Jacob Burney will provide a special presentation for community development leaders interested in the EPA Environmental Justice Block Grant Program. Learn about grant funding and technical assistance that will channel resources to community-based nonprofits in underserved and overburdened communities. Jacob Burney's office facilitates $50 million in grant funding from the FY 2022 appropriations to community-based organizations and their partners at the tribal, state, and local levels. In addition, his office will offer technical assistance to community organizations and others to plan for the future, effectively compete for federal and other sources of funding, and sustainably implement funding to revitalize their communities. There will be a brief Q&A.
Jacob Burney, U.S. Environmental Protection Agency
The Inflation Reduction Act attempts to rebuild community development systems, policies, and resources around environmental justice. Billions of dollars from the Environmental Justice Block Grants Program and the Greenhouse Gas Reduction Fund are targeted to underserved and overburdened communities – and are available to community-based nonprofits. Learn how these grant programs are structured to catalyze partnerships, how technical assistance grantees can help your network, and roadblocks and potential policy implications to keep on your radar. Get your questions ready!
Jacob Burney, U.S. Environmental Protection Agency
Staci Berger, Housing and Community Development Network of New Jersey
Mary Scott Balys, Opportunity Finance Network
Stop by and ask questions of the Director of the EPA's Environmental Justice Grants Division. This is a special opportunity for community development leaders who are interested in applying for environmental justice grants, developing partnerships, engaging their members in programs and partnerships, and providing capacity building for local nonprofits.
How do certification requirements affect small organizations and those led by Black, Indigenous, and People of Color? A panel of experts will share examples from different states that have certification programs, discussing the benefits and challenges of professionalization.
Joselyn Wilkinson, Arizona Housing Coalition
John Fitterer, Massachusetts Housing Investment Corporation
Amber Stewart, South Carolina Association for Community Economic Development
Tracey Adams, Renasant Bank
Find out how community development associations are advancing the skills and knowledge of people new to the field, including cross-sector partners. This session provides an overview of the key components and essential elements involved in organizing and conducting Community Development 101 initiatives. Learn about signature training from NACEDA members that build capacity among community development nonprofits, local residents, municipalities, elected officials, and funders new to the industry. Get practical guidance for improving your own programs.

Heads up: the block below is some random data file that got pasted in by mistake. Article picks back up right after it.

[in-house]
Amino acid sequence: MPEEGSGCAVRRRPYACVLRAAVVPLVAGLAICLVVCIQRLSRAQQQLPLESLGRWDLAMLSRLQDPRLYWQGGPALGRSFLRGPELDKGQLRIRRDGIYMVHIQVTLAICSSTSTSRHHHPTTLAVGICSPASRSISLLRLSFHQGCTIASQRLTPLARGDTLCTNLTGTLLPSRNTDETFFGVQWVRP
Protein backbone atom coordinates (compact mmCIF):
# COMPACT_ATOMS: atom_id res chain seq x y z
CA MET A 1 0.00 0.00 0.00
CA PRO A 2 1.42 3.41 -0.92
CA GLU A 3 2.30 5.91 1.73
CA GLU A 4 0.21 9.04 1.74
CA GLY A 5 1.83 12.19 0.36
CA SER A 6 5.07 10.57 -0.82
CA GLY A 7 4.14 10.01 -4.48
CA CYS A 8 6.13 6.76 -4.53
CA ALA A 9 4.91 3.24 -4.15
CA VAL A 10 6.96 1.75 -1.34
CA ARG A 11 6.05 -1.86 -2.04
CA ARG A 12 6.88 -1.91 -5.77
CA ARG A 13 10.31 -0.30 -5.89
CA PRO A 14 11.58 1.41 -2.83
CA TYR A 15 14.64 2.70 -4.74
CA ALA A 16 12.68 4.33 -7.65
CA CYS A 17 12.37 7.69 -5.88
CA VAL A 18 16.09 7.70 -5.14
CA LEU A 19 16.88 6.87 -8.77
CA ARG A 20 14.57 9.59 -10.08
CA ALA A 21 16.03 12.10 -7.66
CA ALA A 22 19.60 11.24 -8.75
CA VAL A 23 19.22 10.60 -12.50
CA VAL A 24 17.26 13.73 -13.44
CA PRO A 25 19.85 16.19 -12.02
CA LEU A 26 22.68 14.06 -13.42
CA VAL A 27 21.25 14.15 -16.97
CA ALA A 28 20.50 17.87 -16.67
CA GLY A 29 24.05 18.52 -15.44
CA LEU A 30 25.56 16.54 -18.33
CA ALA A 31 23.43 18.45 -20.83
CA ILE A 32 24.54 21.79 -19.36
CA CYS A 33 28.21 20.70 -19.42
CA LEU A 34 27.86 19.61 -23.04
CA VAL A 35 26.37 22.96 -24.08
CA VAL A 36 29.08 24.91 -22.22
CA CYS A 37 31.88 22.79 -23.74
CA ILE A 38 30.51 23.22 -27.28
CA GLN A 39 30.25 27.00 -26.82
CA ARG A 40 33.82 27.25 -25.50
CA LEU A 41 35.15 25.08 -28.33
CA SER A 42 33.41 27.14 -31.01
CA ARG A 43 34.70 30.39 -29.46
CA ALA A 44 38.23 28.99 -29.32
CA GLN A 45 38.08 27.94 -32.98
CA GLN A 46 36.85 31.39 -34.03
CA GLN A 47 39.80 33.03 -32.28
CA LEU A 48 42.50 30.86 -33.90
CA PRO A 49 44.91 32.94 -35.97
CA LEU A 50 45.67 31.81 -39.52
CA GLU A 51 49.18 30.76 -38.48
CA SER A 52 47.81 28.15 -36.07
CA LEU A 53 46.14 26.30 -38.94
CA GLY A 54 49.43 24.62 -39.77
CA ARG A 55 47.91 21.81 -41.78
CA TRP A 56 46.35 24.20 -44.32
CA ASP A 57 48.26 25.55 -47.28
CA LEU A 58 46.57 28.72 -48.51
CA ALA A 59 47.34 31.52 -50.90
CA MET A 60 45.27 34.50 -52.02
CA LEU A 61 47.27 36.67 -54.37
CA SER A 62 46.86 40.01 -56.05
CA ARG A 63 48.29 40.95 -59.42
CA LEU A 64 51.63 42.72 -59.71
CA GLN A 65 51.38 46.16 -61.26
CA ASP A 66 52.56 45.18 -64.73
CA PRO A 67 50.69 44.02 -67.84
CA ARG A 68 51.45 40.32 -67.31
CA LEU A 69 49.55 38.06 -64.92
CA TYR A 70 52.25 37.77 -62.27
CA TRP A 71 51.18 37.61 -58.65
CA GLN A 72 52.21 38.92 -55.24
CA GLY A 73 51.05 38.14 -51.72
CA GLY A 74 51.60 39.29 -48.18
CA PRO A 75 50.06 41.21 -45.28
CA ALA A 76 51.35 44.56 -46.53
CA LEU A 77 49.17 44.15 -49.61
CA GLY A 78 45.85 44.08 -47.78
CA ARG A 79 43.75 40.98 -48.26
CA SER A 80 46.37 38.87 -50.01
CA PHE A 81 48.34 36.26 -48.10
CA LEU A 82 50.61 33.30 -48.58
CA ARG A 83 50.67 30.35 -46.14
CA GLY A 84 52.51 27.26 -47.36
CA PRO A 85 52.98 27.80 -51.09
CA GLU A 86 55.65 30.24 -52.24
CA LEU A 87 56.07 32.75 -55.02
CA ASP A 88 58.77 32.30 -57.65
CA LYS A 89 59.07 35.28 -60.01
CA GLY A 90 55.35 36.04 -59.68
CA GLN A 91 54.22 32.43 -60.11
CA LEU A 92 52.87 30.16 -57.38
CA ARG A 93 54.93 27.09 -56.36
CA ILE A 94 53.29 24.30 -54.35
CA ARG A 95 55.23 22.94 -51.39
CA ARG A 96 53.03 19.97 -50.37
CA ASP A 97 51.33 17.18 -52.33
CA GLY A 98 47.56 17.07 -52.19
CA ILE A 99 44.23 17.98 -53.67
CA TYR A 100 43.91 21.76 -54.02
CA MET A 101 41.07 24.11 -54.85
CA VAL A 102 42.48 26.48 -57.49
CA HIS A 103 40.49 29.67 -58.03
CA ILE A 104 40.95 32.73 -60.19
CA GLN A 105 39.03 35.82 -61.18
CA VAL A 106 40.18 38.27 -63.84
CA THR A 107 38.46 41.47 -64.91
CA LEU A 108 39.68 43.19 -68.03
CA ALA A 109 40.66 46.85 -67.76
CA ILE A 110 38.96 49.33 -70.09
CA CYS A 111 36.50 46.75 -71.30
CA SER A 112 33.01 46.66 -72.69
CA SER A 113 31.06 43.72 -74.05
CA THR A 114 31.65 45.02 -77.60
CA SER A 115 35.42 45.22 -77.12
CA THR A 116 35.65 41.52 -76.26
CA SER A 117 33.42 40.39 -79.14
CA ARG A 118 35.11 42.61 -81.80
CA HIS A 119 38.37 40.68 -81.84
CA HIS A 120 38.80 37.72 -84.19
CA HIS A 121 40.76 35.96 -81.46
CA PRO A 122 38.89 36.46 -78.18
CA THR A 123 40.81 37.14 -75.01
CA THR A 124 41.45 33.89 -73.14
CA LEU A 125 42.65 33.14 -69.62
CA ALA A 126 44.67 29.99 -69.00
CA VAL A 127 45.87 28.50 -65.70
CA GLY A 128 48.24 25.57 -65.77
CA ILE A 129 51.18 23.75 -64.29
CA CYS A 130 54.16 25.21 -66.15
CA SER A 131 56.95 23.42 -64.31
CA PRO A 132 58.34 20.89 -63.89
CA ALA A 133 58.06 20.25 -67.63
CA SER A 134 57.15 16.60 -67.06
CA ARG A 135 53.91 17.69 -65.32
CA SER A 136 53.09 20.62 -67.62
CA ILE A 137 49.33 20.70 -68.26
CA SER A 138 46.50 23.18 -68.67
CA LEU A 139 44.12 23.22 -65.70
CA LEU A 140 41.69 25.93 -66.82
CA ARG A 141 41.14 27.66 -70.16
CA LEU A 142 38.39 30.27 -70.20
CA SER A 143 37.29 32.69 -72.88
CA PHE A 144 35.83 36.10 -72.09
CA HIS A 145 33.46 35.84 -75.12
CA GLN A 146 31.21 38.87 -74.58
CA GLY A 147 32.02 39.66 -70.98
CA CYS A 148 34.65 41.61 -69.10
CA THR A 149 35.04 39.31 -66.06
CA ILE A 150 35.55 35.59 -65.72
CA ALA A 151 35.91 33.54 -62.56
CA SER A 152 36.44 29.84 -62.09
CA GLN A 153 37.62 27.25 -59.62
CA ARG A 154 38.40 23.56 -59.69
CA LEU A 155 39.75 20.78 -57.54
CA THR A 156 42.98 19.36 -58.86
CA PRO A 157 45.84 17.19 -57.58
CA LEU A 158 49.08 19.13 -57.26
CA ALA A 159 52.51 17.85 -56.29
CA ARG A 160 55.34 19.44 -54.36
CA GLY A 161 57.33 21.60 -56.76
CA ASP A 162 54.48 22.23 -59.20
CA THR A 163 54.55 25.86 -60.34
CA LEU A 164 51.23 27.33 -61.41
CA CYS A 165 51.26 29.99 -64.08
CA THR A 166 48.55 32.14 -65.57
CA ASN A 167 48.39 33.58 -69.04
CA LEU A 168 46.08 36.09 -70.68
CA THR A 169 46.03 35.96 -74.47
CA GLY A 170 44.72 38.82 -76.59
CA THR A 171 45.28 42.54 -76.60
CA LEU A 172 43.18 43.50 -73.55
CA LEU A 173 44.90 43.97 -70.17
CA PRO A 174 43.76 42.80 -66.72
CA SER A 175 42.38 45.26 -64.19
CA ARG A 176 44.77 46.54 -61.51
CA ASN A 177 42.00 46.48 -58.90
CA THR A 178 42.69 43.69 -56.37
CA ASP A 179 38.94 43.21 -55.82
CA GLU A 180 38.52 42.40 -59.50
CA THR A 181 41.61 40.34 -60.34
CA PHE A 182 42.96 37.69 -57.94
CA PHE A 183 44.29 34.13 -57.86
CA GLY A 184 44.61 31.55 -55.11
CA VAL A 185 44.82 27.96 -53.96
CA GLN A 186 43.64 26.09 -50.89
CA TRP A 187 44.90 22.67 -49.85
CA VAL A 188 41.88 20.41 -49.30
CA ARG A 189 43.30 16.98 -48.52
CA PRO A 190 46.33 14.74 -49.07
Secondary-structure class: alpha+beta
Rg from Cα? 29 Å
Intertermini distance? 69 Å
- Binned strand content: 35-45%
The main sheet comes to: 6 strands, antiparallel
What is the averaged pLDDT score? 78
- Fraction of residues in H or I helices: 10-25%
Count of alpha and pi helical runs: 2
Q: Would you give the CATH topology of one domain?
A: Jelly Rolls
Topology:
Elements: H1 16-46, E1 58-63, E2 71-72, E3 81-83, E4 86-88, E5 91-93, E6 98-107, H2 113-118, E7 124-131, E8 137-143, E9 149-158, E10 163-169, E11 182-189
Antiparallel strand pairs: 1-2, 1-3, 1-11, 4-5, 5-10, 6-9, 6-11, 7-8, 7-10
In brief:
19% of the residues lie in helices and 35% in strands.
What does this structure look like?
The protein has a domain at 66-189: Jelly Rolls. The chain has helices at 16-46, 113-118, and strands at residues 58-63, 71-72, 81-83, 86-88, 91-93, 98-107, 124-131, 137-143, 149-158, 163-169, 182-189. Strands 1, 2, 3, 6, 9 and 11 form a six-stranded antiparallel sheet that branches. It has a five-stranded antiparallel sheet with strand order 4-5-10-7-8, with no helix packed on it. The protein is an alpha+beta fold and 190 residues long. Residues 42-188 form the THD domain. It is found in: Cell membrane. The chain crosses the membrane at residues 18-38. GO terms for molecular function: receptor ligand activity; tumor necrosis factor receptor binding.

Kadra Abdi, Metropolitan Consortium of Community Developers
Sharon Barker, Housing & Community Development Network of New Jersey
Kelly Law, Metropolitan Consortium of Community Developers
Emily Reyst, Community Economic Development Association of Michigan
State and regional associations in the NACEDA network have adapted and performed remarkably well under high levels of pressure in recent years. Leadership under intense conditions can be personally challenging and requires adaptability and perseverance. This session — designed for executive directors and CEOs attending the NACEDA Summit — will explore how the field has changed, how resources have shifted, and how leaders need to continue to adapt in order to maximize their organizations’ mission and their teams’ impact. We ask that attendance for this session be exclusive to executive directors and CEOs attending the NACEDA Summit.
Luke Forrest, Community Economic Development Association of Michigan
Stephen Glaude, Coalition for Nonprofit Housing & Economic Development
Do we serve people or places? Are we a movement or an industry? These two questions are fundamental to community developers, making our mission distinct and unique. However, this duality can also make our strategies complex and harder to understand. In a workshop designed for attendees that are newer to the field, though valuable for all, come explore those tensions in the context of the previous day’s Atlanta Community Tours.
Melina Lodge, Housing Network of Rhode Island
Madhavi Reddy, Community Development Advocates of Detroit
Frank Woodruff, NACEDA
Resources are flowing into environmental and climate justice programs — often with requirements for partnerships with community-based nonprofits. How are community development associations forming partnerships that open doors for their members? Two NACEDA members will discuss their emerging partnerships, including a dynamic Q&A session on the formation, challenges, opportunities, and outcomes to date.
Roberto Barragán, California Community Economic Development Association
Jennifer Posner, University of Miami
May Rodriguez, South Florida Community Development Coalition
Explore the role of "Shakers" — the advocates and disruptors who bring attention to political issues — and "Bakers"— the negotiators who push through policy change. Join the discussion to generate innovative ideas on how today's "bakers" can best leverage the efforts of "shakers" in this new era of activism across streets, internet, and contemporary news outlets.
Terry Chelikowsky, Florida Alliance of Community Development Corporations
Yolanda Jackson, Community Development Advocates of Detroit, Facilitator
Kari Johnson, Metropolitan Consortium of Community Developers
Sharon Legenza, Housing Action Illinois
Bernie Mazyck, South Carolina Association for Community Economic Development, Introduction
Connect with peers over lunch and stay for the Diane Sterner Award Presentation.